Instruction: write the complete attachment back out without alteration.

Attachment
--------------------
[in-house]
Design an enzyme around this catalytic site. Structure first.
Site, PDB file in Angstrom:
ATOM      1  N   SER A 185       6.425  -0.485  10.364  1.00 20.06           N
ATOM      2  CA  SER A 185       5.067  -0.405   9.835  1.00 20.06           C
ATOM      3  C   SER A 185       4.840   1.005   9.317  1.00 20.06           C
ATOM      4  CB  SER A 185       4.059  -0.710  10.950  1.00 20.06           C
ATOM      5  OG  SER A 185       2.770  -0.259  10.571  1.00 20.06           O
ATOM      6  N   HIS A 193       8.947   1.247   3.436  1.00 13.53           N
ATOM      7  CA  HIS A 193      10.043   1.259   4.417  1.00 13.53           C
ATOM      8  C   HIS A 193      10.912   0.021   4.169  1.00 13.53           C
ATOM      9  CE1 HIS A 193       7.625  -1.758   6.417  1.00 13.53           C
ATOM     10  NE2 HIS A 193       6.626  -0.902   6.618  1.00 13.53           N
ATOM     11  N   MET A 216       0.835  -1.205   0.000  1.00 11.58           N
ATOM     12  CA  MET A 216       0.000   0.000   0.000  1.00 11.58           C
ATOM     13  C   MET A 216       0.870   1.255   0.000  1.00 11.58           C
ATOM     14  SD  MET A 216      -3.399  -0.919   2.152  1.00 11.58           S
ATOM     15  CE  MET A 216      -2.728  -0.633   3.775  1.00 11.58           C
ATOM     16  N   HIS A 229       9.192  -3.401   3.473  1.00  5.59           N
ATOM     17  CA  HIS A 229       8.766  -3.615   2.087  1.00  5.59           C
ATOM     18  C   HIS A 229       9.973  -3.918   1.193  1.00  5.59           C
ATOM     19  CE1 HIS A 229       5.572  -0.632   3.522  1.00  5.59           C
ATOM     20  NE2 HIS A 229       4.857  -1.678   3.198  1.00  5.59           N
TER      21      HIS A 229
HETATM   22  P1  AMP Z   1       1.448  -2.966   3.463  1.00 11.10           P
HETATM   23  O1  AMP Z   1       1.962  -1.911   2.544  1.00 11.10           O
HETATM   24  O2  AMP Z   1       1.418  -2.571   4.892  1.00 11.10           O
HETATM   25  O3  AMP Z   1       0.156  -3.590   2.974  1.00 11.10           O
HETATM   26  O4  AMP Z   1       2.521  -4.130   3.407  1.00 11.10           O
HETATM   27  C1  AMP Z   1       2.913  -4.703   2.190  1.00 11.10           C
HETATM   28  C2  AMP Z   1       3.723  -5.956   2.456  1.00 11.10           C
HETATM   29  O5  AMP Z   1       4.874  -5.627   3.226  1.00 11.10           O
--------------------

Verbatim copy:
[in-house]
Design an enzyme around this catalytic site. Structure first.
Site, PDB file in Angstrom:
ATOM      1  N   SER A 185       6.425  -0.485  10.364  1.00 20.06           N
ATOM      2  CA  SER A 185       5.067  -0.405   9.835  1.00 20.06           C
ATOM      3  C   SER A 185       4.840   1.005   9.317  1.00 20.06           C
ATOM      4  CB  SER A 185       4.059  -0.710  10.950  1.00 20.06           C
ATOM      5  OG  SER A 185       2.770  -0.259  10.571  1.00 20.06           O
ATOM      6  N   HIS A 193       8.947   1.247   3.436  1.00 13.53           N
ATOM      7  CA  HIS A 193      10.043   1.259   4.417  1.00 13.53           C
ATOM      8  C   HIS A 193      10.912   0.021   4.169  1.00 13.53           C
ATOM      9  CE1 HIS A 193       7.625  -1.758   6.417  1.00 13.53           C
ATOM     10  NE2 HIS A 193       6.626  -0.902   6.618  1.00 13.53           N
ATOM     11  N   MET A 216       0.835  -1.205   0.000  1.00 11.58           N
ATOM     12  CA  MET A 216       0.000   0.000   0.000  1.00 11.58           C
ATOM     13  C   MET A 216       0.870   1.255   0.000  1.00 11.58           C
ATOM     14  SD  MET A 216      -3.399  -0.919   2.152  1.00 11.58           S
ATOM     15  CE  MET A 216      -2.728  -0.633   3.775  1.00 11.58           C
ATOM     16  N   HIS A 229       9.192  -3.401   3.473  1.00  5.59           N
ATOM     17  CA  HIS A 229       8.766  -3.615   2.087  1.00  5.59           C
ATOM     18  C   HIS A 229       9.973  -3.918   1.193  1.00  5.59           C
ATOM     19  CE1 HIS A 229       5.572  -0.632   3.522  1.00  5.59           C
ATOM     20  NE2 HIS A 229       4.857  -1.678   3.198  1.00  5.59           N
TER      21      HIS A 229
HETATM   22  P1  AMP Z   1       1.448  -2.966   3.463  1.00 11.10           P
HETATM   23  O1  AMP Z   1       1.962  -1.911   2.544  1.00 11.10           O
HETATM   24  O2  AMP Z   1       1.418  -2.571   4.892  1.00 11.10           O
HETATM   25  O3  AMP Z   1       0.156  -3.590   2.974  1.00 11.10           O
HETATM   26  O4  AMP Z   1       2.521  -4.130   3.407  1.00 11.10           O
HETATM   27  C1  AMP Z   1       2.913  -4.703   2.190  1.00 11.10           C
HETATM   28  C2  AMP Z   1       3.723  -5.956   2.456  1.00 11.10           C
HETATM   29  O5  AMP Z   1       4.874  -5.627   3.226  1.00 11.10           O